The final day of the 2018-2019 SCOTUS term landed with three massive decisions, and it was largely a wash. First, Chief Justice Roberts ruled in a 5-4 split that the federal courts have no business whatsoever dealing with state gerrymandering issues, giving a massive, permanent structural win to Republicans.
In a 5-4 decision along traditional conservative-liberal ideological lines, the Supreme Court ruled that partisan redistricting is a political question — not reviewable by federal courts — and that those courts can't judge if extreme gerrymandering violates the Constitution.
The ruling puts the onus on the legislative branch, and on individual states, to police redistricting efforts.
"We conclude that partisan gerrymandering claims present political questions beyond the reach of the federal courts," Chief Justice Roberts wrote for the conservative majority. "Federal judges have no license to reallocate political power between the two major political parties, with no plausible grant of authority in the Constitution, and no legal standards to limit and direct their decisions."
Roberts noted that excessive partisanship in the drawing of districts does lead to results that "reasonably seem unjust," but he said that does not mean it is the court's responsibility to find a solution.
Now just two years away from the redrawing of new districts at the start of the next decade, legislators in states that have control of all levels of governments after the 2020 election may feel emboldened by the ruling, said Justin Levitt, an election law professor at Loyola Law School.
"We are in Mad Max territory now; there are no rules," Levitt said. "I think you'll see more legislators in more states [where there is unilateral control] taking up the mantle of extreme partisan aggression against people who disagree with them."
Republicans now have unlimited authority to redraw districts as they see fit. Expect states like NC, Florida, Texas, Ohio and Wisconsin to redraw districts concentrating black voters into one or two districts, and leaving all other districts majority white and Republican.
The prime result of this ruling, combined with demographics, could very well mean a permanent GOP Congress as state legislatures will simply keep themselves in power.
Democrats will try to keep up in states like Florida and Illinois, but I would suspect that entire states could become one-party affairs.
The good news: Republicans won't be able to use the 2020 Census to force citizenship questions on everyone.
Chief Justice John Roberts joined the court's liberal justices, saying the administration did not provide adequate justification for the question.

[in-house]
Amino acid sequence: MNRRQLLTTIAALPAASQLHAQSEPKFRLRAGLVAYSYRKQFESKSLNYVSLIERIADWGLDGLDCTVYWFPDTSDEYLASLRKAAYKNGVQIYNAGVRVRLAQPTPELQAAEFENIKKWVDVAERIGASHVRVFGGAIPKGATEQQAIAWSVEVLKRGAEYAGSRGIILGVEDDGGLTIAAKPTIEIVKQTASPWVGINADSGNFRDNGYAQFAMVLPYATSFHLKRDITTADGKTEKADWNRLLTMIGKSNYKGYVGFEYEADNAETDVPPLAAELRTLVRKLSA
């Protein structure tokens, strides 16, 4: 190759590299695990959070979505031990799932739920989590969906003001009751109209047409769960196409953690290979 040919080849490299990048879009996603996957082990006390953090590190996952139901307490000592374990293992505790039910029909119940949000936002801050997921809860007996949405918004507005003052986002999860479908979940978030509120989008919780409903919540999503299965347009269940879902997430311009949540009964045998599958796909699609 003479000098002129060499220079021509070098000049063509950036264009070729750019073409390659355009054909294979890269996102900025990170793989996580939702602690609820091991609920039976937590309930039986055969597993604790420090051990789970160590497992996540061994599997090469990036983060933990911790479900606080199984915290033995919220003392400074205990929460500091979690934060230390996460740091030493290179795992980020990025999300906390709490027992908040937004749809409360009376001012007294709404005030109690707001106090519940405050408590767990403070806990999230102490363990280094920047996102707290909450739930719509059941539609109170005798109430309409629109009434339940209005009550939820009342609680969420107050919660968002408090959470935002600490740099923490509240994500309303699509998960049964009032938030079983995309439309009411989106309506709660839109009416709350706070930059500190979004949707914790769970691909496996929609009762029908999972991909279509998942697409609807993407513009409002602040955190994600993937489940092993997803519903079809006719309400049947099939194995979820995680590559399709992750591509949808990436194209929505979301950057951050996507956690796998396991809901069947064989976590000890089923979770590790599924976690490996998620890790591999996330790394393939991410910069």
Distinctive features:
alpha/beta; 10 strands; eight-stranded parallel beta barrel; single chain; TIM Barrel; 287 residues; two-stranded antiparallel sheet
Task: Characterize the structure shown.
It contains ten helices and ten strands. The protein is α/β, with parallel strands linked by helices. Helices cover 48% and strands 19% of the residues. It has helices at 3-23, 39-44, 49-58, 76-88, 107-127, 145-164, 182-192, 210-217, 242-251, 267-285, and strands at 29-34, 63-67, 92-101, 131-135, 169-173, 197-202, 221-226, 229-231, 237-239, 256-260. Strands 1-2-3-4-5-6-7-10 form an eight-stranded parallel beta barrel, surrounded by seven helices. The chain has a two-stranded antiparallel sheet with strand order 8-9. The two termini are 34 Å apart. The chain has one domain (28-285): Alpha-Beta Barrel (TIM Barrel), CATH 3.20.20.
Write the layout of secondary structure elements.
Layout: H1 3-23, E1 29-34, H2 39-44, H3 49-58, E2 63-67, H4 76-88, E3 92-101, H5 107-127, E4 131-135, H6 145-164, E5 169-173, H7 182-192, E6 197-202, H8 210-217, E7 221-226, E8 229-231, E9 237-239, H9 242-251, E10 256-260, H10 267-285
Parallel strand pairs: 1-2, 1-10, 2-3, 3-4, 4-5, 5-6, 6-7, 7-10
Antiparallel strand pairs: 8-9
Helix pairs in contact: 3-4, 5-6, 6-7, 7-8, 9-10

The reason provided by the White House seem "contrived", the justices wrote in a 5-4 ruling.
The White House argued the question would help protect minority voters.
But the Census Bureau's own experts say it would lead to a major undercount.
Though the ruling deals a blow to the Trump administration, the complicated decision does not bar the question for either its language or the underlying premise.
Instead, by sending the case back to a lower court, Justice Roberts left open the possibility that the Trump administration could provide the necessary justification to add a question on citizenship to the census.
This battle will be back again before the court next June. Count on it.
But don't get pulled over by cops though. Not even your blood is safe from police search and seizure.
The Supreme Court has ruled that police may, without a warrant, order blood drawn from an unconscious person suspected of driving under the influence of alcohol.
The Fourth Amendment generally requires police to obtain a warrant for a blood draw. But in a 5-4 vote on Thursday, the court upheld a Wisconsin law that says people driving on a public road have impliedly consented to having their blood drawn if police suspect them of driving under the influence. It also said that "exigent circumstances" permit police to obtain a blood sample without a warrant.
Justices Samuel Alito, Clarence Thomas, Stephen Breyer and Brett Kavanaugh joined Chief Justice John Roberts in the majority vote.
The decision conflicts with previous court rulings in which the justices ruled that a blood draw is a significant bodily intrusion into a person's privacy and that there are less intrusive ways of enforcing drunken driving laws against unconscious motorists — getting a warrant, for instance, which in these tech-savvy days can be done relatively easily and quickly.
In 2013, for instance, the high court ruled that police violated the Constitution when they ordered a nonconsensual blood draw without a warrant in a routine DUI case. The vote then was 5-4, but two of the justices in that majority, Antonin Scalia and Anthony Kennedy, are no longer on the court.
A court that can rule the state has a right to your bodily fluids can rob you of consent for a lot of things, guys.
It's not a good day for America.
Not at all.